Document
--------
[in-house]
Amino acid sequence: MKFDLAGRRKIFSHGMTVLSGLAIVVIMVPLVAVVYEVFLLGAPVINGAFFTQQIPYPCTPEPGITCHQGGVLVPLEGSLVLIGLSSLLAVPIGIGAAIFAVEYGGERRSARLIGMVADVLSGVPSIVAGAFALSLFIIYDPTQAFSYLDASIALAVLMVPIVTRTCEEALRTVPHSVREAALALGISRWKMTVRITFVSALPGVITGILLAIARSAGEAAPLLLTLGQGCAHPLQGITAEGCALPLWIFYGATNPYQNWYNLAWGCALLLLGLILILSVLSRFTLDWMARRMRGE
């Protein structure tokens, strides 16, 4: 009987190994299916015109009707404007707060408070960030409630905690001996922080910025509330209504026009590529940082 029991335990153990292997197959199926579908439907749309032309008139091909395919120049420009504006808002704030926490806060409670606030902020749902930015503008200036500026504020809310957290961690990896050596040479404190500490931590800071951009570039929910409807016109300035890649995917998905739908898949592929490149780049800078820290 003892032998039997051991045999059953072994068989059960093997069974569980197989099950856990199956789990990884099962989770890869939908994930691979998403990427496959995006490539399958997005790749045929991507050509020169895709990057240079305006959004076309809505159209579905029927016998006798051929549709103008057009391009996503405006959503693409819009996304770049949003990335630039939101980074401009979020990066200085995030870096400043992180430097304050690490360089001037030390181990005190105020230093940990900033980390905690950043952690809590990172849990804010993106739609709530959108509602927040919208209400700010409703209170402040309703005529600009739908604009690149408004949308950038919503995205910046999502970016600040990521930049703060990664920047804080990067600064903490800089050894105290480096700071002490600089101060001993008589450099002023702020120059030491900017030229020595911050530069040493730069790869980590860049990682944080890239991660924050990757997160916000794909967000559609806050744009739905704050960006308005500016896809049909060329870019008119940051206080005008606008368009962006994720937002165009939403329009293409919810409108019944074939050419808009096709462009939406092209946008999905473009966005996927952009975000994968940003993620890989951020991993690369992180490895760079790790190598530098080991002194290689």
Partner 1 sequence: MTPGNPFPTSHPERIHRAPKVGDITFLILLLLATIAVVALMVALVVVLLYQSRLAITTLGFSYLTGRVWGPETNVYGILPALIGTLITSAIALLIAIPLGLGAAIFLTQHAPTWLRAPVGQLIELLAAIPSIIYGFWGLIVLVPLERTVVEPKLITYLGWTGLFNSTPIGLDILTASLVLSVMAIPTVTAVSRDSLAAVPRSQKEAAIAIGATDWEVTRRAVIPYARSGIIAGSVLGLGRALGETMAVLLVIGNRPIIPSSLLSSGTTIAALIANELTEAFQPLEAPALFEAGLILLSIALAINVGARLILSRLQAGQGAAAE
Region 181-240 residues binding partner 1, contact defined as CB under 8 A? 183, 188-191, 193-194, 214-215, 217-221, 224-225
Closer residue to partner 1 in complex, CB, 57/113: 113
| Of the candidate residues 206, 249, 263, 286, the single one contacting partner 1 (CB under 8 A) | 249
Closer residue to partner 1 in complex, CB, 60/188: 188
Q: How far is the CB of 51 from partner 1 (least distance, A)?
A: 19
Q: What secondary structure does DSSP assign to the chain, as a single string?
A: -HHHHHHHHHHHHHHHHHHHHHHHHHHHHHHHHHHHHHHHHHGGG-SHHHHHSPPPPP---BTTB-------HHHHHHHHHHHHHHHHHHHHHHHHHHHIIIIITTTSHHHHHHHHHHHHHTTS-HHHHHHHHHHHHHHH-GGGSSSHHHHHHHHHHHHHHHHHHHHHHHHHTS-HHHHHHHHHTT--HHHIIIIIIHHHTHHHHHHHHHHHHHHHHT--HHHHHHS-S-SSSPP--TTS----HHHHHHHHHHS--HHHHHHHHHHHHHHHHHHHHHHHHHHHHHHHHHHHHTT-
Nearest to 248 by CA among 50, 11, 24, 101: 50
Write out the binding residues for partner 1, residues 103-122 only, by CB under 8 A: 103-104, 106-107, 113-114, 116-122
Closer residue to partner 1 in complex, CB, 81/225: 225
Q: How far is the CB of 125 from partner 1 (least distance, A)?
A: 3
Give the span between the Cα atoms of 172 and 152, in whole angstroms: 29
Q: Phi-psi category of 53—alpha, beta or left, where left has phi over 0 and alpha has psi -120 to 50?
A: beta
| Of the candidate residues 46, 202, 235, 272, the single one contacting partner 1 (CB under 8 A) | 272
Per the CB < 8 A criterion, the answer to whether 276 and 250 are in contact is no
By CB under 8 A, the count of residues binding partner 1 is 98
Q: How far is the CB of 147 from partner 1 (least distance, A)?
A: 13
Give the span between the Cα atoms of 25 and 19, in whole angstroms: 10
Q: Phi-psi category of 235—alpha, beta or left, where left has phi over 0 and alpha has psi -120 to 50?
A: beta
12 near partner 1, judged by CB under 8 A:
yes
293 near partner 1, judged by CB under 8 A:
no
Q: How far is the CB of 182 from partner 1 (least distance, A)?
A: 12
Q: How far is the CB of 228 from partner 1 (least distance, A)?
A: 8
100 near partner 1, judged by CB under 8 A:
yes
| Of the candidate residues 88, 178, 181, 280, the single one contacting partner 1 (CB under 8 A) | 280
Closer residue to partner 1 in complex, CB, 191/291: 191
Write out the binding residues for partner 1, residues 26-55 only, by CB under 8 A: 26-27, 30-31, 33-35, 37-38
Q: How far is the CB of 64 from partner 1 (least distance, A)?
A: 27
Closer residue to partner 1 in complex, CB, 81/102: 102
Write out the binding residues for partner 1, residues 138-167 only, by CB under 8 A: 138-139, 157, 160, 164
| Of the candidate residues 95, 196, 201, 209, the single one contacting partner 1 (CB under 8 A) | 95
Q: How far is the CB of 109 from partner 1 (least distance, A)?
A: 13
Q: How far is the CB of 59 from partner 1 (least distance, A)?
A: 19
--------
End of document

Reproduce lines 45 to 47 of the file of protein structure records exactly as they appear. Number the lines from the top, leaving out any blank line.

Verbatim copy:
Write out the binding residues for partner 1, residues 138-167 only, by CB under 8 A: 138-139, 157, 160, 164
| Of the candidate residues 95, 196, 201, 209, the single one contacting partner 1 (CB under 8 A) | 95
Q: How far is the CB of 109 from partner 1 (least distance, A)?